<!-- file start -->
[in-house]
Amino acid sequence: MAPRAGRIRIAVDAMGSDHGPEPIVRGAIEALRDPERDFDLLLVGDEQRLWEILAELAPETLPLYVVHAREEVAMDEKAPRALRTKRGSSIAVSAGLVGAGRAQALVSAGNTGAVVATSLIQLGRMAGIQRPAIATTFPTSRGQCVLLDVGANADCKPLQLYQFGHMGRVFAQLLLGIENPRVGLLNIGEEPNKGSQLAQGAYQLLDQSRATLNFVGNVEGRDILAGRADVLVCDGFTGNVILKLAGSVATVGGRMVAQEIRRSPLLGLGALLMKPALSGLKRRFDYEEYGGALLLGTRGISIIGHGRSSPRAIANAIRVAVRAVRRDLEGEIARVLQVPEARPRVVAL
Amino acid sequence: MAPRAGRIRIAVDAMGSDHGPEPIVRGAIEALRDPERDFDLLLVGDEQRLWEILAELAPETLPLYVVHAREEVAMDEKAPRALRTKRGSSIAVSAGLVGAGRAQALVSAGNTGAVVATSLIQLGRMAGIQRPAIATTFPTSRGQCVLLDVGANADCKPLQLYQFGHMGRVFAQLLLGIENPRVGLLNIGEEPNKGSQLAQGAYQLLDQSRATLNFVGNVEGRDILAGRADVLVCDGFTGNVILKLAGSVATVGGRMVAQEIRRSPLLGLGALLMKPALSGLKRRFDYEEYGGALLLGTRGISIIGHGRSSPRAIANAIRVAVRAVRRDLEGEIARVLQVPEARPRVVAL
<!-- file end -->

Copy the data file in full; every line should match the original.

[in-house]
Amino acid sequence: MAPRAGRIRIAVDAMGSDHGPEPIVRGAIEALRDPERDFDLLLVGDEQRLWEILAELAPETLPLYVVHAREEVAMDEKAPRALRTKRGSSIAVSAGLVGAGRAQALVSAGNTGAVVATSLIQLGRMAGIQRPAIATTFPTSRGQCVLLDVGANADCKPLQLYQFGHMGRVFAQLLLGIENPRVGLLNIGEEPNKGSQLAQGAYQLLDQSRATLNFVGNVEGRDILAGRADVLVCDGFTGNVILKLAGSVATVGGRMVAQEIRRSPLLGLGALLMKPALSGLKRRFDYEEYGGALLLGTRGISIIGHGRSSPRAIANAIRVAVRAVRRDLEGEIARVLQVPEARPRVVAL
Amino acid sequence: MAPRAGRIRIAVDAMGSDHGPEPIVRGAIEALRDPERDFDLLLVGDEQRLWEILAELAPETLPLYVVHAREEVAMDEKAPRALRTKRGSSIAVSAGLVGAGRAQALVSAGNTGAVVATSLIQLGRMAGIQRPAIATTFPTSRGQCVLLDVGANADCKPLQLYQFGHMGRVFAQLLLGIENPRVGLLNIGEEPNKGSQLAQGAYQLLDQSRATLNFVGNVEGRDILAGRADVLVCDGFTGNVILKLAGSVATVGGRMVAQEIRRSPLLGLGALLMKPALSGLKRRFDYEEYGGALLLGTRGISIIGHGRSSPRAIANAIRVAVRAVRRDLEGEIARVLQVPEARPRVVAL